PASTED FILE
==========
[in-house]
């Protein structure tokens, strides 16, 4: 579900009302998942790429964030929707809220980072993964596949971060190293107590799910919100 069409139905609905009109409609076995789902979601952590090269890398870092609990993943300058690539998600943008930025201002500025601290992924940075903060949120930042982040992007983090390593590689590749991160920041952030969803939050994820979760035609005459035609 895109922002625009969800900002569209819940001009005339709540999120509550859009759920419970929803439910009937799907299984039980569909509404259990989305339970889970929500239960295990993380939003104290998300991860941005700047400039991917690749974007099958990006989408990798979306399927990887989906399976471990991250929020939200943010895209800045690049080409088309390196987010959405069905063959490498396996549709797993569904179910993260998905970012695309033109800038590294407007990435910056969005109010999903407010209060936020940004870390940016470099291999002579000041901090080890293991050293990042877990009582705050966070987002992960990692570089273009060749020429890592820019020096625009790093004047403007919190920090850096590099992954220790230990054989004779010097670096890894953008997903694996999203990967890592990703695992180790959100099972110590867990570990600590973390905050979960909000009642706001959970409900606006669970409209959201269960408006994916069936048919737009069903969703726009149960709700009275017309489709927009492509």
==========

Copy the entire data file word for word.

[in-house]
């Protein structure tokens, strides 16, 4: 579900009302998942790429964030929707809220980072993964596949971060190293107590799910919100 069409139905609905009109409609076995789902979601952590090269890398870092609990993943300058690539998600943008930025201002500025601290992924940075903060949120930042982040992007983090390593590689590749991160920041952030969803939050994820979760035609005459035609 895109922002625009969800900002569209819940001009005339709540999120509550859009759920419970929803439910009937799907299984039980569909509404259990989305339970889970929500239960295990993380939003104290998300991860941005700047400039991917690749974007099958990006989408990798979306399927990887989906399976471990991250929020939200943010895209800045690049080409088309390196987010959405069905063959490498396996549709797993569904179910993260998905970012695309033109800038590294407007990435910056969005109010999903407010209060936020940004870390940016470099291999002579000041901090080890293991050293990042877990009582705050966070987002992960990692570089273009060749020429890592820019020096625009790093004047403007919190920090850096590099992954220790230990054989004779010097670096890894953008997903694996999203990967890592990703695992180790959100099972110590867990570990600590973390905050979960909000009642706001959970409900606006669970409209959201269960408006994916069936048919737009069903969703726009149960709700009275017309489709927009492509």